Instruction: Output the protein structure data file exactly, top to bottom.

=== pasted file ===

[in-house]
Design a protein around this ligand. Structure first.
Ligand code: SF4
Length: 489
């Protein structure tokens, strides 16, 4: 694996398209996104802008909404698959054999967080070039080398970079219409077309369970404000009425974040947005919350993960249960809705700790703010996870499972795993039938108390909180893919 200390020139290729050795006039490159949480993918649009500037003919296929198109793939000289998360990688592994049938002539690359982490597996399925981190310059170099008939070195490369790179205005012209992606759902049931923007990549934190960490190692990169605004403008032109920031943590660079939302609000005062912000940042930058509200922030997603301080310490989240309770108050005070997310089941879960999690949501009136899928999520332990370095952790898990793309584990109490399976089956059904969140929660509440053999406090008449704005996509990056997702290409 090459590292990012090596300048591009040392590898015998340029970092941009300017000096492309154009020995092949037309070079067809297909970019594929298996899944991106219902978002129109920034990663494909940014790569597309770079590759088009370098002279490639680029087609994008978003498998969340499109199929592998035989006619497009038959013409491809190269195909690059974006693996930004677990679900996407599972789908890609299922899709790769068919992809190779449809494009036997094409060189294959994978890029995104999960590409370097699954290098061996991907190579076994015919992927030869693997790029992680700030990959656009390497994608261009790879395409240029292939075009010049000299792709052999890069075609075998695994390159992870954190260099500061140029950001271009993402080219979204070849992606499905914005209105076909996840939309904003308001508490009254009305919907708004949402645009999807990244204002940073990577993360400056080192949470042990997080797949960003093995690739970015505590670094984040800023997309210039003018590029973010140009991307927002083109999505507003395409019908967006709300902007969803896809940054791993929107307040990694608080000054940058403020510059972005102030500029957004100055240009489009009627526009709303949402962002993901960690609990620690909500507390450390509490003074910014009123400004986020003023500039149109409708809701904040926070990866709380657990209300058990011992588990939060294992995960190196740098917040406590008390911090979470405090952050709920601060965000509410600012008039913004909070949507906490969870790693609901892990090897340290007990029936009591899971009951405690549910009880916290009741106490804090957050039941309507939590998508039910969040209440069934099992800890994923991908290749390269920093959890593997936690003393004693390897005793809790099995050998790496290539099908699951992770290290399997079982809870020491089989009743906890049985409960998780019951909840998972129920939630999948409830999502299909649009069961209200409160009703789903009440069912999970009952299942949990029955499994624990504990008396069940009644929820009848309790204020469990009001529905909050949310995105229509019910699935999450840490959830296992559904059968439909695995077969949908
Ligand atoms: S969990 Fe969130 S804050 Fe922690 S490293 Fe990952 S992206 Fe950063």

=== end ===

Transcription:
[in-house]
Design a protein around this ligand. Structure first.
Ligand code: SF4
Length: 489
């Protein structure tokens, strides 16, 4: 694996398209996104802008909404698959054999967080070039080398970079219409077309369970404000009425974040947005919350993960249960809705700790703010996870499972795993039938108390909180893919 200390020139290729050795006039490159949480993918649009500037003919296929198109793939000289998360990688592994049938002539690359982490597996399925981190310059170099008939070195490369790179205005012209992606759902049931923007990549934190960490190692990169605004403008032109920031943590660079939302609000005062912000940042930058509200922030997603301080310490989240309770108050005070997310089941879960999690949501009136899928999520332990370095952790898990793309584990109490399976089956059904969140929660509440053999406090008449704005996509990056997702290409 090459590292990012090596300048591009040392590898015998340029970092941009300017000096492309154009020995092949037309070079067809297909970019594929298996899944991106219902978002129109920034990663494909940014790569597309770079590759088009370098002279490639680029087609994008978003498998969340499109199929592998035989006619497009038959013409491809190269195909690059974006693996930004677990679900996407599972789908890609299922899709790769068919992809190779449809494009036997094409060189294959994978890029995104999960590409370097699954290098061996991907190579076994015919992927030869693997790029992680700030990959656009390497994608261009790879395409240029292939075009010049000299792709052999890069075609075998695994390159992870954190260099500061140029950001271009993402080219979204070849992606499905914005209105076909996840939309904003308001508490009254009305919907708004949402645009999807990244204002940073990577993360400056080192949470042990997080797949960003093995690739970015505590670094984040800023997309210039003018590029973010140009991307927002083109999505507003395409019908967006709300902007969803896809940054791993929107307040990694608080000054940058403020510059972005102030500029957004100055240009489009009627526009709303949402962002993901960690609990620690909500507390450390509490003074910014009123400004986020003023500039149109409708809701904040926070990866709380657990209300058990011992588990939060294992995960190196740098917040406590008390911090979470405090952050709920601060965000509410600012008039913004909070949507906490969870790693609901892990090897340290007990029936009591899971009951405690549910009880916290009741106490804090957050039941309507939590998508039910969040209440069934099992800890994923991908290749390269920093959890593997936690003393004693390897005793809790099995050998790496290539099908699951992770290290399997079982809870020491089989009743906890049985409960998780019951909840998972129920939630999948409830999502299909649009069961209200409160009703789903009440069912999970009952299942949990029955499994624990504990008396069940009644929820009848309790204020469990009001529905909050949310995105229509019910699935999450840490959830296992559904059968439909695995077969949908
Ligand atoms: S969990 Fe969130 S804050 Fe922690 S490293 Fe990952 S992206 Fe950063």